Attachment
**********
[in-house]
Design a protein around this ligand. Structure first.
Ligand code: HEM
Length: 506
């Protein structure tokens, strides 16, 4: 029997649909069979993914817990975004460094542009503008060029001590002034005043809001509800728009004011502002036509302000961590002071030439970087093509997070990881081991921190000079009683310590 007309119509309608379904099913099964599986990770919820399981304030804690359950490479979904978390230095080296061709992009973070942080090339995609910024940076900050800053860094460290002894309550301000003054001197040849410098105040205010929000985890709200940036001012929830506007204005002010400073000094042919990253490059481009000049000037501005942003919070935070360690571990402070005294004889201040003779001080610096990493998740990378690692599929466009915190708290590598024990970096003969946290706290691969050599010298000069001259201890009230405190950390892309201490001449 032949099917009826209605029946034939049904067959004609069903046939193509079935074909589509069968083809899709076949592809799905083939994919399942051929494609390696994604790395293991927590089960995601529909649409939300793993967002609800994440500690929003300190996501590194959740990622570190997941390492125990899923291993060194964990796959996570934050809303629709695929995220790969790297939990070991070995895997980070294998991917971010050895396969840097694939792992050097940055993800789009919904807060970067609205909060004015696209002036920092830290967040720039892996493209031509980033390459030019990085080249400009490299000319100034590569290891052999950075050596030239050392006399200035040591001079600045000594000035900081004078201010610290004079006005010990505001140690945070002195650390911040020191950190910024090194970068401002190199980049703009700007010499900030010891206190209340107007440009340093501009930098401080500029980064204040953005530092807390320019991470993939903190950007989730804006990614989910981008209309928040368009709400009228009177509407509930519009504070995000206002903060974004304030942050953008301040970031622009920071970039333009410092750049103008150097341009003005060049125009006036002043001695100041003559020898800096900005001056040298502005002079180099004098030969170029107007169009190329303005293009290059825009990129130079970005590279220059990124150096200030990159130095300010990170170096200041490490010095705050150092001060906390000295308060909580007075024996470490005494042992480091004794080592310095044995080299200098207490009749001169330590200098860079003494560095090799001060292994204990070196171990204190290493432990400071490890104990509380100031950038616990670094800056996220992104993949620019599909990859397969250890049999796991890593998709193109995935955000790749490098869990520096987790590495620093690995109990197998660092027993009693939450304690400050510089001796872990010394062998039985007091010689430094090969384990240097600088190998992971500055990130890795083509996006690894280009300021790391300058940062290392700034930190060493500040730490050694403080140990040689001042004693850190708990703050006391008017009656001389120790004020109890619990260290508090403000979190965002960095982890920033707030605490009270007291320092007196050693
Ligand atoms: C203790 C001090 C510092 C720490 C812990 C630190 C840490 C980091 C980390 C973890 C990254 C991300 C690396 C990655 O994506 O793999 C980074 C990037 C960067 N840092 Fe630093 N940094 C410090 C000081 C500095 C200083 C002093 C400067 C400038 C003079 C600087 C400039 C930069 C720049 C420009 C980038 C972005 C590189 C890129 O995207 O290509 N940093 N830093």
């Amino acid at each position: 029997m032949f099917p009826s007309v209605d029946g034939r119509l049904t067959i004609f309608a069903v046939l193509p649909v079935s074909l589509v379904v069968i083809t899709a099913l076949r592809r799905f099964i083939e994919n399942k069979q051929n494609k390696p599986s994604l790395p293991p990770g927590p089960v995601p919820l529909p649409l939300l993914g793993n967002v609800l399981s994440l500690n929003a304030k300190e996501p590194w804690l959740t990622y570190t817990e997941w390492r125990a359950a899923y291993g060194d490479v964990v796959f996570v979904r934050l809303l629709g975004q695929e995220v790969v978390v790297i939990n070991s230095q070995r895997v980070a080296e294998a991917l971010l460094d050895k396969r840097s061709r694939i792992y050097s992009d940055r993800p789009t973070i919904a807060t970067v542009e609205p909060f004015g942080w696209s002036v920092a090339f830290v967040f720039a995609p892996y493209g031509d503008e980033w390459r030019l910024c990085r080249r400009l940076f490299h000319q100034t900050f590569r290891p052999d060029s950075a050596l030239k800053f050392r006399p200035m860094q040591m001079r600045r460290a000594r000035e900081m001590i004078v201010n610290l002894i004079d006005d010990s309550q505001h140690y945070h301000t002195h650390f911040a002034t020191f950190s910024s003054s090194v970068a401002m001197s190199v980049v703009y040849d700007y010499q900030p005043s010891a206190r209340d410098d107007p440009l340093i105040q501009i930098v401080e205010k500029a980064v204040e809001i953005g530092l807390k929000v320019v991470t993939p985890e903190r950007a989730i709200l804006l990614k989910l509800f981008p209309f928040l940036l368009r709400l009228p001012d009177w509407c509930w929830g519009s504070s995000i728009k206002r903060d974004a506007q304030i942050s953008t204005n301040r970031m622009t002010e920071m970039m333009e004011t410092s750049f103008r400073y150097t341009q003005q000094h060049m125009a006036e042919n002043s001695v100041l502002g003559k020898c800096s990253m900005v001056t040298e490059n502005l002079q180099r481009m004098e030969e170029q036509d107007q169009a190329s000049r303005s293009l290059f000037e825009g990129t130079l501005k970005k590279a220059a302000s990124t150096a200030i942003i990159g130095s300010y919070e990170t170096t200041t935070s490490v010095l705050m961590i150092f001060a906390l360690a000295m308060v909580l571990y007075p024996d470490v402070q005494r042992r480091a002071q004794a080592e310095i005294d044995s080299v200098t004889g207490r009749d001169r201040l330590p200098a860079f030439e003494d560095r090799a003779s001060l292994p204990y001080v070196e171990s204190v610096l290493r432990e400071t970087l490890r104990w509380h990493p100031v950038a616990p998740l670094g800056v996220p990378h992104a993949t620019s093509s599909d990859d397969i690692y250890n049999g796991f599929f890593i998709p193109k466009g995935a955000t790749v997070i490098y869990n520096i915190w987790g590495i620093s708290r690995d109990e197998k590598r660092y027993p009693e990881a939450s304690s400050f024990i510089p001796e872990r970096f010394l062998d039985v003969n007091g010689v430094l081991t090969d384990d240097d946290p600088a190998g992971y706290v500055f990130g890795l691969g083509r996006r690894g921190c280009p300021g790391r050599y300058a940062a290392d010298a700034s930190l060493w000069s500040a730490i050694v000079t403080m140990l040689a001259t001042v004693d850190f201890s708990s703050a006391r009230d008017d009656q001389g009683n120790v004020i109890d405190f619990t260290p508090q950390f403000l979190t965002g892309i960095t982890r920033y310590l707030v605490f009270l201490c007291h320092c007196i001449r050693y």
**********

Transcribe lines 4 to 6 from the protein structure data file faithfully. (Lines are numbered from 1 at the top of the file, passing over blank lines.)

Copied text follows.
Length: 506
């Protein structure tokens, strides 16, 4: 029997649909069979993914817990975004460094542009503008060029001590002034005043809001509800728009004011502002036509302000961590002071030439970087093509997070990881081991921190000079009683310590 007309119509309608379904099913099964599986990770919820399981304030804690359950490479979904978390230095080296061709992009973070942080090339995609910024940076900050800053860094460290002894309550301000003054001197040849410098105040205010929000985890709200940036001012929830506007204005002010400073000094042919990253490059481009000049000037501005942003919070935070360690571990402070005294004889201040003779001080610096990493998740990378690692599929466009915190708290590598024990970096003969946290706290691969050599010298000069001259201890009230405190950390892309201490001449 032949099917009826209605029946034939049904067959004609069903046939193509079935074909589509069968083809899709076949592809799905083939994919399942051929494609390696994604790395293991927590089960995601529909649409939300793993967002609800994440500690929003300190996501590194959740990622570190997941390492125990899923291993060194964990796959996570934050809303629709695929995220790969790297939990070991070995895997980070294998991917971010050895396969840097694939792992050097940055993800789009919904807060970067609205909060004015696209002036920092830290967040720039892996493209031509980033390459030019990085080249400009490299000319100034590569290891052999950075050596030239050392006399200035040591001079600045000594000035900081004078201010610290004079006005010990505001140690945070002195650390911040020191950190910024090194970068401002190199980049703009700007010499900030010891206190209340107007440009340093501009930098401080500029980064204040953005530092807390320019991470993939903190950007989730804006990614989910981008209309928040368009709400009228009177509407509930519009504070995000206002903060974004304030942050953008301040970031622009920071970039333009410092750049103008150097341009003005060049125009006036002043001695100041003559020898800096900005001056040298502005002079180099004098030969170029107007169009190329303005293009290059825009990129130079970005590279220059990124150096200030990159130095300010990170170096200041490490010095705050150092001060906390000295308060909580007075024996470490005494042992480091004794080592310095044995080299200098207490009749001169330590200098860079003494560095090799001060292994204990070196171990204190290493432990400071490890104990509380100031950038616990670094800056996220992104993949620019599909990859397969250890049999796991890593998709193109995935955000790749490098869990520096987790590495620093690995109990197998660092027993009693939450304690400050510089001796872990010394062998039985007091010689430094090969384990240097600088190998992971500055990130890795083509996006690894280009300021790391300058940062290392700034930190060493500040730490050694403080140990040689001042004693850190708990703050006391008017009656001389120790004020109890619990260290508090403000979190965002960095982890920033707030605490009270007291320092007196050693
Ligand atoms: C203790 C001090 C510092 C720490 C812990 C630190 C840490 C980091 C980390 C973890 C990254 C991300 C690396 C990655 O994506 O793999 C980074 C990037 C960067 N840092 Fe630093 N940094 C410090 C000081 C500095 C200083 C002093 C400067 C400038 C003079 C600087 C400039 C930069 C720049 C420009 C980038 C972005 C590189 C890129 O995207 O290509 N940093 N830093």